Veterinary student opinion on genome-editing in livestock; progression towards a regulatory framework
Joint Event on 8th European Clinical Microbiology and Immunology Congress & 3rd World congress on Biotechnology
June 12-13, 2019 | Edinburgh, Scotland
The University of Edinburgh, UK
Posters & Accepted Abstracts : Microbiol Curr Res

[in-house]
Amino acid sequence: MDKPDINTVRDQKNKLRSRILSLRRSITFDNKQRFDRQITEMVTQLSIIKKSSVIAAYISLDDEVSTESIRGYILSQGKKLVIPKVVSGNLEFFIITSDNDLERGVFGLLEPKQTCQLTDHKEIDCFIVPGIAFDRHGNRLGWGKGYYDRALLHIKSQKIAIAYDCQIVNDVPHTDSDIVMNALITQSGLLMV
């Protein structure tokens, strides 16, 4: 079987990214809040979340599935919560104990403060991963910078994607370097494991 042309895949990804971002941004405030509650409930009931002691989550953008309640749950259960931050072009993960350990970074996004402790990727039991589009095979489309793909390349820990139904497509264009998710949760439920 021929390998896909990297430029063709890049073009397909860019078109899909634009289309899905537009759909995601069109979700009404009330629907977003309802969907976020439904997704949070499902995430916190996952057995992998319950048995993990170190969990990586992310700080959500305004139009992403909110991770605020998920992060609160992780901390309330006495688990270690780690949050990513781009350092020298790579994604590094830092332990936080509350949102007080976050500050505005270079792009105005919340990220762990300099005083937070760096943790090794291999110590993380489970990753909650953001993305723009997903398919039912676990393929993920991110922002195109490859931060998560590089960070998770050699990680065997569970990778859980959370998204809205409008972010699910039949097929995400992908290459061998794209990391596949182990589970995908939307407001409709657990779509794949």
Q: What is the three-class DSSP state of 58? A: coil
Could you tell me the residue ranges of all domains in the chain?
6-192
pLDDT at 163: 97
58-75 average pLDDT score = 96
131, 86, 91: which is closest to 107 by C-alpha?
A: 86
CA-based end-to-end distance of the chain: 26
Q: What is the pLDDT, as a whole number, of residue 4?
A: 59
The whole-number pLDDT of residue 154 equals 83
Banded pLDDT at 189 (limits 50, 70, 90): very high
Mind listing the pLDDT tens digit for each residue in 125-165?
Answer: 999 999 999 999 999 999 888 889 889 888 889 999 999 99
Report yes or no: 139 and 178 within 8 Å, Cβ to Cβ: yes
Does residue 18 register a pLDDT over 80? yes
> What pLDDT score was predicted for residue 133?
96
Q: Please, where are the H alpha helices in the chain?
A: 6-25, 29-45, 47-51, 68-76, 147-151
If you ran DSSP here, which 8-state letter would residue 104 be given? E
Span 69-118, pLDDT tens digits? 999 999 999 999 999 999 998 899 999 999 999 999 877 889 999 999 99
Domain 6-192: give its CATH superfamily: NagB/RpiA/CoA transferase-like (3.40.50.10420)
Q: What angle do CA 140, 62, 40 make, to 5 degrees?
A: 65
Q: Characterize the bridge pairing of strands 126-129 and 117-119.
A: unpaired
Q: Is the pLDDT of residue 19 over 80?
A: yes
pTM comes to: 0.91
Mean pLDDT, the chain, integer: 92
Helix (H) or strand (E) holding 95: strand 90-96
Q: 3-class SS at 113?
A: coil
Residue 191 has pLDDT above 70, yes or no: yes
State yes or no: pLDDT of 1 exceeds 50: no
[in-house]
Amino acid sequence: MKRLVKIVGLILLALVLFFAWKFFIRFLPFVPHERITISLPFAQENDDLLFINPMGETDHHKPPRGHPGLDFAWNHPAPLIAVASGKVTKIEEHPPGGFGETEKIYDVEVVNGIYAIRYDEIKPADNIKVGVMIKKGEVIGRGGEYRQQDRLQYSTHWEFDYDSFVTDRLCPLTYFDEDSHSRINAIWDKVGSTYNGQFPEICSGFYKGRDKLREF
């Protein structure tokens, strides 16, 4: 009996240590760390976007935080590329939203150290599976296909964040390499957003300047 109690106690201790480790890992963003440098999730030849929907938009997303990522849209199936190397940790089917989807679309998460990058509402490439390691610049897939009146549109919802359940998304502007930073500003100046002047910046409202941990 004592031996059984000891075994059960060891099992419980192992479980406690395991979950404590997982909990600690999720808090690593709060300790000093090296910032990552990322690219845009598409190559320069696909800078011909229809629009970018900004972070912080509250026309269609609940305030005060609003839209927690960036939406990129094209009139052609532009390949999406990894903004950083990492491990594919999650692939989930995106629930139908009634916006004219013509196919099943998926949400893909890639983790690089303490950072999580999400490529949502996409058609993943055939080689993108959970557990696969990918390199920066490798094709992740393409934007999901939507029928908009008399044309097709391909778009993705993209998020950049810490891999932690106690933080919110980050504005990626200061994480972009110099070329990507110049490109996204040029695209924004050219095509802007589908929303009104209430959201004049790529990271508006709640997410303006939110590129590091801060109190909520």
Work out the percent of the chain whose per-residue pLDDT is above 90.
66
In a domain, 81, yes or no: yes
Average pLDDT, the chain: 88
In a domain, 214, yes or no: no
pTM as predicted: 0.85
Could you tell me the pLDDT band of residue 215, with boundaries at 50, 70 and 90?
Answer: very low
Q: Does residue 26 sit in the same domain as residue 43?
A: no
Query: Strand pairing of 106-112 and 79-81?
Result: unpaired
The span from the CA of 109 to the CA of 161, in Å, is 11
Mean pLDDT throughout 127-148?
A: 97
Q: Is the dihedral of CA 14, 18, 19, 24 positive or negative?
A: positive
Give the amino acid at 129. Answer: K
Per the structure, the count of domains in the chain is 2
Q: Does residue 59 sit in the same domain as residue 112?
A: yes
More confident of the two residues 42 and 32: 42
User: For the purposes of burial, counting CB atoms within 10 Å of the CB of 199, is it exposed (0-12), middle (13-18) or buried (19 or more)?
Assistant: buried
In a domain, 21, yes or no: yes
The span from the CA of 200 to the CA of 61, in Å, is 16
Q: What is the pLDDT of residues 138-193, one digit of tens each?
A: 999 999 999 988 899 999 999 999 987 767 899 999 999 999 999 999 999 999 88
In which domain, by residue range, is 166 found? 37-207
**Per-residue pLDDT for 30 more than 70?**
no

There is a lack of explicit regulation in the UK (EU) in relation to genome-editing of livestock. Uncertainty of regulatory acceptances makes it hard for research relying on commercial support to get off the ground, hindering development of potentially beneficial applications such as cure or prevention of congenial conditions and disease. The views of various potential stakeholders have been seen to influence policy and regulatory frameworks, for example when GMO crops failed to gain acceptance in Europe. Some (limited studies) have been carried out relating to the attitudes of the public to genome-editing, but not of veterinary students who belong to an important stakeholder group. 27 veterinary students at Edinburgh University answered a questionnaire on issues related to genome-editing in livestock. The analysis of the data collected indicates the respondents are positively disposed to genome-editing in general. The support is strongest when it comes to disease control, and more ambiguous when the aim is to increase productivity. Combined with high levels of public trust in veterinaries, the implications are that they can be useful in progressing the regulatory process by engaging with the public and that the focus of the process should be on welfare rather than solely productivity gains.